Cantilever Scaffolding 

Cantilever scaffolding (also known as needle scaffolding) is designed to extend from a building at an angle using a separate scaffold.

This type of scaffold eliminates the need for unsightly frames or poles on building facades. It is frequently built near balconies to allow workers easy access.

Double Scaffolding

Double scaffolding is a type of ready-made scaffolding that is commonly used in stonemasonry. The stone surface makes it difficult to install scaffolding directly into the wall. Therefore, double scaffolding allows workers to work at height without having to construct a structure that is attached to the stones.

To ensure stability, double scaffolding has two tiers of support, with cross braces and rakers providing additional support.

Patented Scaffolding

Patented scaffolds are readymade and include special couplings and frames, as well as brackets to support the working platform. In some cases, the brackets can be adjusted to different levels to accommodate work at various heights.

Single Scaffolding

Single scaffolding is one of the most ancient construction methods. It is widely used for brick masonry work. Though simple, this method produces a sturdy and dependable structure for working at heights.

Suspended Scaffolds

Suspended scaffolds are another type of ready-made scaffolding. It’s lightweight and widely used for repairs, including painting.

The name refers to the fact that they are suspended from a building’s roof by wire, rope, or chains. The platform is supported by suspended scaffolding and can be raised or lowered as needed.

Supported Scaffolds

Supported scaffolds are the most common type of scaffolding used in construction. They are a popular choice for creating temporary structures for work at heights. This type of scaffolding is simple, inexpensive, and built from the ground up.

A supported scaffold can take many forms, each serving a specific purpose. If the scaffolding is long or has a high weight capacity, workers may need to add additional support to its base.

Trestle Scaffolding

In trestle scaffolding, a tripod or portable scaffold board provides a work platform for laborers.

Trestle scaffolding is commonly used in small spaces for painting and minor repairs. There are no standards or putlogs—only working platforms supported by movable ladders. The platform can be easily moved from one location to another.

Scaffolding Materials

Scaffolding can be constructed from a variety of materials; here are three of the most common:

Aluminum Scaffolding

Aluminum is commonly used for scaffolding because it is lightweight, highly resistant to corrosion and durable.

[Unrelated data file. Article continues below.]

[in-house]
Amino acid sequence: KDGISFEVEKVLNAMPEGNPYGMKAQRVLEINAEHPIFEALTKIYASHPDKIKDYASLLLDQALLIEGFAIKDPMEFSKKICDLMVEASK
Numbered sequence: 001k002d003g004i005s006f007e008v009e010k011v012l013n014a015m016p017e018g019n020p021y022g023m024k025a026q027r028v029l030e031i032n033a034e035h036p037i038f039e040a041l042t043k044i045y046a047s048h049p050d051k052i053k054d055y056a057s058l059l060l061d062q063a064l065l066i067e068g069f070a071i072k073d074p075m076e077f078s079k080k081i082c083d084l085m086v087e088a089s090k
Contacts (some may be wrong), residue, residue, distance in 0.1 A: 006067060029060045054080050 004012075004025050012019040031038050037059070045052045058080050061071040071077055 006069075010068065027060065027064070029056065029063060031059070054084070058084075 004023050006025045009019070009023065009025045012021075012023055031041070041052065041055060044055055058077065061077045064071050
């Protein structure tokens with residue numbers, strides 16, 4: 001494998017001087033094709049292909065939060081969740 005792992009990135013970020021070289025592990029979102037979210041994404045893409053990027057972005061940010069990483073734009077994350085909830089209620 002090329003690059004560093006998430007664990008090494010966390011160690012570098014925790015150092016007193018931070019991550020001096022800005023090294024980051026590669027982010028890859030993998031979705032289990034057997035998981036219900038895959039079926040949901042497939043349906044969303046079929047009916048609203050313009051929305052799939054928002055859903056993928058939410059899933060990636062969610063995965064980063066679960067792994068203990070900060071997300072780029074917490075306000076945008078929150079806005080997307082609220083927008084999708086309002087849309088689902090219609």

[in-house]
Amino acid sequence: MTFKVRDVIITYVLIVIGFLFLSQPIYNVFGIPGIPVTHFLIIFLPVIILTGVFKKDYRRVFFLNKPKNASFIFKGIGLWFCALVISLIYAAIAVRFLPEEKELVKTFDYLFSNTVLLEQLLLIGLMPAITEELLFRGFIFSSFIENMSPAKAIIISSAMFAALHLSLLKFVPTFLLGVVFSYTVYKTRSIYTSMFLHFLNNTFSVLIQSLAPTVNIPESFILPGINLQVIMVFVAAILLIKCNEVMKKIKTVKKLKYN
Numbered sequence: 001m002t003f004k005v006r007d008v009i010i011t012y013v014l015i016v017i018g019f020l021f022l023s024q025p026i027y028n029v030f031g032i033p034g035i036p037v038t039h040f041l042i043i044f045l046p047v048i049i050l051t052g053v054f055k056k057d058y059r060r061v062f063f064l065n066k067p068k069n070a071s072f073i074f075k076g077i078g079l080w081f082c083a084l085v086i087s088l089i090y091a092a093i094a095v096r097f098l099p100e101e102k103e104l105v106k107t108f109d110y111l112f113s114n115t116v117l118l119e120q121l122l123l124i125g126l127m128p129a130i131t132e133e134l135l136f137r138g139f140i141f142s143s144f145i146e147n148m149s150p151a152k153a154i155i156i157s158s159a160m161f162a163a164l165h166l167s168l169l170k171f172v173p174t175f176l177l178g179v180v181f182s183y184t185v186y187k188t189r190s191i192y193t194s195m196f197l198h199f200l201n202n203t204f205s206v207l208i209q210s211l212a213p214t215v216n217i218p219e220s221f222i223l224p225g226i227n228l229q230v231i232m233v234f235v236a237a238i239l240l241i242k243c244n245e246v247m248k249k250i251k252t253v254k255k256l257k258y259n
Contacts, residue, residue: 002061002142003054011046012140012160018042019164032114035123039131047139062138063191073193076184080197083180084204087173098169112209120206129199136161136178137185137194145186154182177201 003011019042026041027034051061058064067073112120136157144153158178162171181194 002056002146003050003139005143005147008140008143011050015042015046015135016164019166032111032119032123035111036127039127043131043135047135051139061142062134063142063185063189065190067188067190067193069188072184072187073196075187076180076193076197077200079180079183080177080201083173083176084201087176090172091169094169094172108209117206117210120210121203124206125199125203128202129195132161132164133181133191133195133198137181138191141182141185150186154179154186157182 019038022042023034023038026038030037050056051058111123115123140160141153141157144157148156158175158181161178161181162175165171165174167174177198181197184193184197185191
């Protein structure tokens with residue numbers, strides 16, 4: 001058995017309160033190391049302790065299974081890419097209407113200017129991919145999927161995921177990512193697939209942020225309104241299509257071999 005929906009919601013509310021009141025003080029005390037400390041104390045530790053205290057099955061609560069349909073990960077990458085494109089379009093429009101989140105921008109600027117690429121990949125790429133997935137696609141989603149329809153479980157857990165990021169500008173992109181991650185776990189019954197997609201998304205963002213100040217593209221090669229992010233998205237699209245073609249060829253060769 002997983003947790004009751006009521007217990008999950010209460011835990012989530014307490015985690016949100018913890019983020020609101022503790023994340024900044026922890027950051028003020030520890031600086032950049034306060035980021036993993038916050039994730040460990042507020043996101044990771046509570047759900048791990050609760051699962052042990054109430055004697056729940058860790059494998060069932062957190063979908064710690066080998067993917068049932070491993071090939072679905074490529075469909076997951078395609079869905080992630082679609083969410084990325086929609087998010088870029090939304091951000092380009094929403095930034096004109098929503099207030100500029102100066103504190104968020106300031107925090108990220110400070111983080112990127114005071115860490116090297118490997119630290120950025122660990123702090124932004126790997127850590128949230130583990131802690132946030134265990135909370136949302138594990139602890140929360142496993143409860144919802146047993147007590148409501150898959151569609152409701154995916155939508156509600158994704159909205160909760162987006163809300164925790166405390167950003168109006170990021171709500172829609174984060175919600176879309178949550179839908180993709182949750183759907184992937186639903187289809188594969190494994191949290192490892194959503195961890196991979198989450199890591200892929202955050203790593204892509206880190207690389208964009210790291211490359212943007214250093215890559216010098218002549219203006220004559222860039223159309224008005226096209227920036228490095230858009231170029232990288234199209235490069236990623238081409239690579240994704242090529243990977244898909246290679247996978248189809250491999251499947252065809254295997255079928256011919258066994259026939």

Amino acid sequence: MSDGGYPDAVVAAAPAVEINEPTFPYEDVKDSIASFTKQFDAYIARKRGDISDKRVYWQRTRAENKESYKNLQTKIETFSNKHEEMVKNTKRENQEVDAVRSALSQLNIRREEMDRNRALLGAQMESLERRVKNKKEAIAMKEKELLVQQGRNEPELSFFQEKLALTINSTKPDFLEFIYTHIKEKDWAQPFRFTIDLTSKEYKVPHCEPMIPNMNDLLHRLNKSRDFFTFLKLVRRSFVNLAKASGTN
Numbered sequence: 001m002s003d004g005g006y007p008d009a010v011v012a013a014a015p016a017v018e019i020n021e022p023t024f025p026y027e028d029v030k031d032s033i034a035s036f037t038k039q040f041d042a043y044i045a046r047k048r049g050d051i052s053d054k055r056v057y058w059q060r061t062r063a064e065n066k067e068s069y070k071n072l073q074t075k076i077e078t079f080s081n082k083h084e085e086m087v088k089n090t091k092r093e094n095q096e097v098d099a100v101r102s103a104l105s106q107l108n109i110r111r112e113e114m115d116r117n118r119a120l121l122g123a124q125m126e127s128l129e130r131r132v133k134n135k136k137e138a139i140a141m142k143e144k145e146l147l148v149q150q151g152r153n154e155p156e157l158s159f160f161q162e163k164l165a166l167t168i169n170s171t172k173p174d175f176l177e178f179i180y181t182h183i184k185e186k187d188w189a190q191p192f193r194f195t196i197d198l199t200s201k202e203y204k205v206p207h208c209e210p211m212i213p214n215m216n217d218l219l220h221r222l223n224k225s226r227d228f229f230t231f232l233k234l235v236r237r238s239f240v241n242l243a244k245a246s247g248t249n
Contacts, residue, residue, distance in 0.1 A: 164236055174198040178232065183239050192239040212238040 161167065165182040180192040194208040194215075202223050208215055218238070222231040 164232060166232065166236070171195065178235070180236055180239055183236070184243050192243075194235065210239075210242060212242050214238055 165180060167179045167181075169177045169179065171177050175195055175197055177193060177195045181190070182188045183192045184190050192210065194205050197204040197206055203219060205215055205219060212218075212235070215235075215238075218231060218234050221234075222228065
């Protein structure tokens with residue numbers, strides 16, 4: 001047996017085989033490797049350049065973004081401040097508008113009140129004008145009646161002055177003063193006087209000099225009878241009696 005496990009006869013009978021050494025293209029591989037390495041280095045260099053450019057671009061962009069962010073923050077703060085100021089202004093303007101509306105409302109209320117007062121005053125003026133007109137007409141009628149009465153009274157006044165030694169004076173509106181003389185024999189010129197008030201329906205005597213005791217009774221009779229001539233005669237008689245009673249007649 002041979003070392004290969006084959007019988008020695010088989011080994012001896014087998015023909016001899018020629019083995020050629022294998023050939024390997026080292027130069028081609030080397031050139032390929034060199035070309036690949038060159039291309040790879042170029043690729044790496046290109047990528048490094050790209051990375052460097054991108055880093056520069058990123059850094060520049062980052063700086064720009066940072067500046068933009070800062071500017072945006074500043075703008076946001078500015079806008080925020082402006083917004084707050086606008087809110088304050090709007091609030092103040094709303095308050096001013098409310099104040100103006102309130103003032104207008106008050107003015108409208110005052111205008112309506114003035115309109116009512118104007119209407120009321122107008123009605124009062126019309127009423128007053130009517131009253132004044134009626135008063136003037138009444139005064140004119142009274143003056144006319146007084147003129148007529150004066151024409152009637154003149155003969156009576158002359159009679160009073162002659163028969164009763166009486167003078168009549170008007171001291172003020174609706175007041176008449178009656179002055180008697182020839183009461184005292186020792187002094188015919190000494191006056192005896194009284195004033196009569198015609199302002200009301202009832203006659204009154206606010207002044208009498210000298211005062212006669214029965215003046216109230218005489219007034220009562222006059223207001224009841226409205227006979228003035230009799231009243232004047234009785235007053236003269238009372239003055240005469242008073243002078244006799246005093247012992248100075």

Bamboo Scaffolding

Bamboo Scaffolding
Figure 4- Bamboo Scaffolding

Bamboo is an excellent alternative to steel because it is strong, lightweight, flexible, easy to work with, and abundant in certain parts of the world. In Hong Kong, for example, bamboo is the most common scaffolding material, and it is frequently upcycled from other applications to reduce waste.

Steel Scaffolding

Steel scaffolding is among the most popular types of scaffolding. Despite being more expensive than bamboo or aluminum, it is extremely strong and durable, making it an excellent choice for work in densely populated areas.

The Dangers of Working on Scaffolding

Any time a person has to work at a height, there is a risk involved, and working on temporary structures like scaffolding is no exception.

Given how common scaffolding work is, the injury rate is not particularly high. However, it is important to note that scaffolding work carries inherent risks and that avoiding it will improve worker safety.

Do you want to know what the most common risks are when working on scaffolds?

These are the most common:


Scaffolding-related accidents are frequently caused by faulty scaffolding, which can include compromised steel tubing or screws that do not align properly.

Falling Objects

Falling objects like tools, construction materials, and debris are a common cause of injury for stagers. To avoid injuries from falling objects, provide a cover for each level of scaffolding.


Working at heights on a partially constructed building can be extremely dangerous when the weather changes. Rain or snow can make the planking slippery, and temperature changes can weaken attachment points, causing planks to loosen, crack, and fail.

Ignoring Safety Standards

Many other factors can contribute to serious and fatal accidents, such as overloading scaffolding and placing scaffolding too close to hazardous energy sources.

Inadequate Training

Scaffolding and construction require specialised training. Scaffold builders and erectors must be trained in scaffold construction and safety standards relevant to the scaffolding being installed. Scaffold workers must be aware of the risks associated with scaffolding.

Inadequate or Weak Planking

Strong planning is essential for scaffolding for all types of work to ensure worker safety. Weakened or insufficient scaffolding supports, posts, mast climbers, pump jacks, and other mechanisms can cause fall hazards.

Inexperience, Incompetence, and Negligence

It is dangerous to work on a construction site with people who lack training or experience or do not take safety precautions seriously. Coworkers’ negligence can be especially dangerous when scaffolding is involved. 

Insufficient Supply of Safety Equipment

Even when scaffolding is appropriately designed, manufactured, and constructed, workers must still have access to appropriate safety equipment.

Poor Construction

Improper scaffolding construction, such as failing to properly attach all attachment points, failing to install bracing, or failing to install guardrails, is a common cause of construction site accidents.

Poor Maintenance

To remain structurally sound, scaffolding must be properly maintained. Inadequate maintenance can cause slippery surfaces and other safety hazards, as well as wear and tear on old materials over time.


Hopefully, you have learned what is scaffolding in construction. Scaffolding is a temporary structure used to support workers and materials during the construction, maintenance, and repair of buildings, bridges, and other man-made structures.

Every construction worker who enters the field should understand the purpose of scaffolding in construction and how to use these temporary platforms to elevate and support workers and materials while building, repairing, or cleaning structural machines. Scaffolding is made up of one or more planks of a suitable size and length, which are supported using a variety of methods depending on the form and application.